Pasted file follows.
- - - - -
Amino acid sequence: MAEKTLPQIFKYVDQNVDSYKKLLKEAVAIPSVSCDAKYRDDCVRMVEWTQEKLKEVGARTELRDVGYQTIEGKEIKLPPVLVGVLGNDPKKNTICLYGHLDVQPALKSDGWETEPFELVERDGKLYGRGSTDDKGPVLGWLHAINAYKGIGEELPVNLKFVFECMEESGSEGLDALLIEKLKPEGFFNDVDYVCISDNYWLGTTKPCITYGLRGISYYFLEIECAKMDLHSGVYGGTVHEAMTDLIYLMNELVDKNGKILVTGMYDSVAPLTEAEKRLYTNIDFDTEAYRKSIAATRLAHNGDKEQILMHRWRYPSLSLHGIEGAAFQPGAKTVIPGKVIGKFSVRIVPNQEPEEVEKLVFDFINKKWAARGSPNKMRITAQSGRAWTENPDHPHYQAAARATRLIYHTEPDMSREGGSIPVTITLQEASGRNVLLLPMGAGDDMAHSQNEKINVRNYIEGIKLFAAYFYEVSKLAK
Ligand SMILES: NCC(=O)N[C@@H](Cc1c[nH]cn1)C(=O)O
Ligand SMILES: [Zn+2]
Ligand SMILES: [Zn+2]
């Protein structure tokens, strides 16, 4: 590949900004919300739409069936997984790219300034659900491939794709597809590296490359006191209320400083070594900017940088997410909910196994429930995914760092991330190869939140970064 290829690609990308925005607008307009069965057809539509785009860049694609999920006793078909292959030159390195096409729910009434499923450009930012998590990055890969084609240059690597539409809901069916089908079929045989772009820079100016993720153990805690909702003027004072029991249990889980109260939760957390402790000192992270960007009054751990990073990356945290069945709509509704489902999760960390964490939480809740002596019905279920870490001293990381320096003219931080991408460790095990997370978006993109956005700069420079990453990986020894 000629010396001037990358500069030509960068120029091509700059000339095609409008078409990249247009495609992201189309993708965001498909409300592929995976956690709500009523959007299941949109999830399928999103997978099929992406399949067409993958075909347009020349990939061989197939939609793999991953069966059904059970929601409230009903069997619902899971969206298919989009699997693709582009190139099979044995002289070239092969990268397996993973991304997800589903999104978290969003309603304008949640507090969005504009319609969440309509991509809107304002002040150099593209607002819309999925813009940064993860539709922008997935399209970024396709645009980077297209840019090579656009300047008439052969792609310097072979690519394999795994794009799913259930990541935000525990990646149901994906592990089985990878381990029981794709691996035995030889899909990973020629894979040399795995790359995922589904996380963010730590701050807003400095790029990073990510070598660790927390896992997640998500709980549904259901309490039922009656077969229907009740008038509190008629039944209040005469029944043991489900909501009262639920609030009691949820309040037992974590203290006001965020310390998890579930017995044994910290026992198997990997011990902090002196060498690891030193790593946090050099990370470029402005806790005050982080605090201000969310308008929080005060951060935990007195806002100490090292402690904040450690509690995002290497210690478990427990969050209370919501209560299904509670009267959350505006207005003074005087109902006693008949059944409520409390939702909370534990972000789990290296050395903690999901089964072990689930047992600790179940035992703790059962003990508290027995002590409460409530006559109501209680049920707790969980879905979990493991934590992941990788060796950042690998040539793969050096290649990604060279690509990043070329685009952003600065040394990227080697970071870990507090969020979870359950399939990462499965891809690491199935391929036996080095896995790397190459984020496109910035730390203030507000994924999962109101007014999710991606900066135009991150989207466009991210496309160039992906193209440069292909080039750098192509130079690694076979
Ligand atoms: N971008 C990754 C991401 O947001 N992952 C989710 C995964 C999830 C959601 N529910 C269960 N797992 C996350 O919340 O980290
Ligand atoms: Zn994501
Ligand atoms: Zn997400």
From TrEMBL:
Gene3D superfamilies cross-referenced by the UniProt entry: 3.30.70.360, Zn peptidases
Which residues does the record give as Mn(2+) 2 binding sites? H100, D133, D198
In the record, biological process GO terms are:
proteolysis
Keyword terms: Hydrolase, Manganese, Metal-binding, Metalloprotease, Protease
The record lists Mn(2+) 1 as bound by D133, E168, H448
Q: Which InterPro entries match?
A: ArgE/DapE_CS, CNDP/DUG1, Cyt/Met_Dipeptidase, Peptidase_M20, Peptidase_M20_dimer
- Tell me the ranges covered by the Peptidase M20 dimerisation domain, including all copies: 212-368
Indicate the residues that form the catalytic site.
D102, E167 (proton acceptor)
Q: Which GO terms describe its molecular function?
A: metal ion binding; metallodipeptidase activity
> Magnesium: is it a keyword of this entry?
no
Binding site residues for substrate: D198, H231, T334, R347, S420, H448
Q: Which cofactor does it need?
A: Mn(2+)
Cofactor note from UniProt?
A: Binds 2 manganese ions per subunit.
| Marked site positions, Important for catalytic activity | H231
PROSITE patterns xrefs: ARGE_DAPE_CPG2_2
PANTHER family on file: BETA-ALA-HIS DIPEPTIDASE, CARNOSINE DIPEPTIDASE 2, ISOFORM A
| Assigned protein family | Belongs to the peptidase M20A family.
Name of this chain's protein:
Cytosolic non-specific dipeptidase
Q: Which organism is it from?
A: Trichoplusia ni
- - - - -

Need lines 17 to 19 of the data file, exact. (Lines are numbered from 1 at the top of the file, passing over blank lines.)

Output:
A: ArgE/DapE_CS, CNDP/DUG1, Cyt/Met_Dipeptidase, Peptidase_M20, Peptidase_M20_dimer
- Tell me the ranges covered by the Peptidase M20 dimerisation domain, including all copies: 212-368
Indicate the residues that form the catalytic site.